In November 2019, NHFIC’s Investment Mandate was updated to include an additional function: conducting research into housing affordability in Australia. NHFIC’s research function supports the monitoring of housing demand, supply and affordability in Australia, highlighting current and potential future gaps between housing supply and demand, and complementing existing housing-related research.
Many governments around the world have responded to the spread of COVID-19 by prioritising community health over economic growth. This approach was taken after weighing up the effect of an uncontained spread of the virus versus the economic and social cost of job losses.
The global pandemic could cut underlying dwelling demand in Australia by between 129,000 and 232,000 from 2020 to 2023, mainly due to the downturn in net overseas migration (NOM). International border closures have effectively shut down NOM, which has accounted for 59 per cent of population growth since 2007.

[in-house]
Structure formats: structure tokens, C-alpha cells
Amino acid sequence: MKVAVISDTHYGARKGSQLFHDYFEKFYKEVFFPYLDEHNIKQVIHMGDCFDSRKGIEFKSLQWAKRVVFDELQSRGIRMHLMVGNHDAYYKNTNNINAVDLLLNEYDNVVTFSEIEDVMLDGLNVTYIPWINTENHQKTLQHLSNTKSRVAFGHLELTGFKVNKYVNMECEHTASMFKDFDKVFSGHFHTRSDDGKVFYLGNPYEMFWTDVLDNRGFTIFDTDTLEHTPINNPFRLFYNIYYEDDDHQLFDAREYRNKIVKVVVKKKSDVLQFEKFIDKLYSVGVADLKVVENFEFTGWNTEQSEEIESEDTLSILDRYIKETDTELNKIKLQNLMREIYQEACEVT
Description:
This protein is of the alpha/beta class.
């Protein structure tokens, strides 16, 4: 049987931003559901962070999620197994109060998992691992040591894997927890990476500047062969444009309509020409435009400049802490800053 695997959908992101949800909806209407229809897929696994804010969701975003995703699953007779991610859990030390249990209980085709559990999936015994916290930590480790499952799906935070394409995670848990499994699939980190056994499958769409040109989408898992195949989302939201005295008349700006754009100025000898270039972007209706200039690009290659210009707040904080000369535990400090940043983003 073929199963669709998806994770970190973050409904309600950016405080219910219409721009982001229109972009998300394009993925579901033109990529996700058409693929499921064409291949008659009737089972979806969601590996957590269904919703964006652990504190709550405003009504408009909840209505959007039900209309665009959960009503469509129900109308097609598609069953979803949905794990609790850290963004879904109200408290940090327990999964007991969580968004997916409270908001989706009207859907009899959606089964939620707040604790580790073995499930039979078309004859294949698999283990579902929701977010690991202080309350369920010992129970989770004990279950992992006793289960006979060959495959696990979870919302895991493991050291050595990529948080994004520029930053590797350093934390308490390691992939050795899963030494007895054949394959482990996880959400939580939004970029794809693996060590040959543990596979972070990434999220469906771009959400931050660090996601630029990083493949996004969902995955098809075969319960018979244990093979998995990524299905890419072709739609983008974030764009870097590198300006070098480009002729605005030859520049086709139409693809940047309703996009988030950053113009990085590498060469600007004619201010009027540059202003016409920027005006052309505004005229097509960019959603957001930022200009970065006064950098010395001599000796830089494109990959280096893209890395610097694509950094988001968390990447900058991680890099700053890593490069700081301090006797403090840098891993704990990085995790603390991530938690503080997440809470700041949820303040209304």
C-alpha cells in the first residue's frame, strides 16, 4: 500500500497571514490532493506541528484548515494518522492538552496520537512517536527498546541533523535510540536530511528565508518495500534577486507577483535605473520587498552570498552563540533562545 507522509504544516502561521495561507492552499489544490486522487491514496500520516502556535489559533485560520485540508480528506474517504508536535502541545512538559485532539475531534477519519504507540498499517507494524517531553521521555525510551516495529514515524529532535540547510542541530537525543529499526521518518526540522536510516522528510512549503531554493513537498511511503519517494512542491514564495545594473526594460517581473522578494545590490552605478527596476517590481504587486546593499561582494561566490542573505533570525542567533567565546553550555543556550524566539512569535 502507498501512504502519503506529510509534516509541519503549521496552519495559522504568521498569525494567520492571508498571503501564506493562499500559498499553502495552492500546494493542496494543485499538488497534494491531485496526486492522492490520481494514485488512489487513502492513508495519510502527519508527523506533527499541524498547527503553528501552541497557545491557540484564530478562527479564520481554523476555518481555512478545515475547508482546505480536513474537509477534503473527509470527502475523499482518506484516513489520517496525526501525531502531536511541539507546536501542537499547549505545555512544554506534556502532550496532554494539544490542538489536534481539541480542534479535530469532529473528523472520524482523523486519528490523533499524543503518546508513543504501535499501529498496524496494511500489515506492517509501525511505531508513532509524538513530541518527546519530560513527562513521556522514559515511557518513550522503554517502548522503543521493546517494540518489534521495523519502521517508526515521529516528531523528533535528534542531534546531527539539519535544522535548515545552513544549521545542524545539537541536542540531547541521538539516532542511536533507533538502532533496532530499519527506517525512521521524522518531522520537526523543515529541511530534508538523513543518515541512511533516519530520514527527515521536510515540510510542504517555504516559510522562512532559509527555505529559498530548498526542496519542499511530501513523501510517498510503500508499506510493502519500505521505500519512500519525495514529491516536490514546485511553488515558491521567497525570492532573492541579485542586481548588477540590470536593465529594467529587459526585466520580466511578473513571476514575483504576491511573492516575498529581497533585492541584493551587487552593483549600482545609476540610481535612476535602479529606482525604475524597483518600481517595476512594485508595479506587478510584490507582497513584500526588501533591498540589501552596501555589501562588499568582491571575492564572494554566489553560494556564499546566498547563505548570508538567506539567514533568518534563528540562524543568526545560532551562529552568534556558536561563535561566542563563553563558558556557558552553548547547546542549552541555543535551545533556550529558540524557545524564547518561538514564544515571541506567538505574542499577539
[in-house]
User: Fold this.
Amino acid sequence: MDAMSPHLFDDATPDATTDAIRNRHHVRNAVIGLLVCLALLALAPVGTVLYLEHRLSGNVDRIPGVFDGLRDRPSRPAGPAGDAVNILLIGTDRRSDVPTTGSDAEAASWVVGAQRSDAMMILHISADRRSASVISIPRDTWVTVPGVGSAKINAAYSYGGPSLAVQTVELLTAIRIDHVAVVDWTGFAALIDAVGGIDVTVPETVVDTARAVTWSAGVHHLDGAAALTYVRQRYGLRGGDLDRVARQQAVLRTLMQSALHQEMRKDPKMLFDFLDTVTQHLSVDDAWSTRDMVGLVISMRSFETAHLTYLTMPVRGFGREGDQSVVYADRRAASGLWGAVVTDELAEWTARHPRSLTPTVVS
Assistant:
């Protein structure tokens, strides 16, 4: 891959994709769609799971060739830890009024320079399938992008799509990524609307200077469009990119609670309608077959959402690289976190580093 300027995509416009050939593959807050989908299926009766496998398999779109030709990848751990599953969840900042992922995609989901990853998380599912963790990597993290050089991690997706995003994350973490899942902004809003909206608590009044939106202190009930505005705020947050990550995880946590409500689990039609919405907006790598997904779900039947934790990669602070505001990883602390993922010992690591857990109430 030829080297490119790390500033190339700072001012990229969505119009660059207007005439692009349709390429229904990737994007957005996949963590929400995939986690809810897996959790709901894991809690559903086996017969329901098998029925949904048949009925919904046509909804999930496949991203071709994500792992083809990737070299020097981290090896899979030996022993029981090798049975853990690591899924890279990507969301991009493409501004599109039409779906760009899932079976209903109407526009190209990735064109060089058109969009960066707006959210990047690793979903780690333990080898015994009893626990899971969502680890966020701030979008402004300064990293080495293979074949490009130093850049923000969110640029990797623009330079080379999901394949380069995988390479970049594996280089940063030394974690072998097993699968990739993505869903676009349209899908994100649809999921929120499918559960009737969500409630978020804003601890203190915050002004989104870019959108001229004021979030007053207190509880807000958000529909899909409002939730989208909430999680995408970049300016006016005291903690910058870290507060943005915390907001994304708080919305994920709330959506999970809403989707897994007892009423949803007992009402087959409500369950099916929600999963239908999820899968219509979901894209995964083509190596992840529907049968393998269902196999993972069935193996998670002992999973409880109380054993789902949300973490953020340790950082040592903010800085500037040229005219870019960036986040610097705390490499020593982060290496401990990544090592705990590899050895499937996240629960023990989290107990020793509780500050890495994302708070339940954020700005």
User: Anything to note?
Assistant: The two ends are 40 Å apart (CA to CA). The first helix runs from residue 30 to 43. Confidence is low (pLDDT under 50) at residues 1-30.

NHFIC's second research report released in August 2020 – First Home Loan Deposit Scheme - Trends and Insights – provides a detailed snapshot of the First Home Loan Deposit Scheme (FHLDS) for the first six months of its operation, from 1 January 2020 to 30 June 2020.
The Scheme has experienced strong demand and supported a broad cross-section of Australians purchasing their first home. This includes people of all ages across metro and regional areas around Australia, and those who have moderate taxable incomes. The Scheme is also supporting key workers, such as teachers and nurses, to access the housing market sooner.
The first research report released in June 2020 – Building jobs: How residential construction drives the economy – looks at the important role the residential construction industry plays in generating jobs and growth across the Australian economy.
The residential building construction industry generates more activity across Australia than nearly every other industry, with each $1 million of economic output supporting nine jobs across the economy.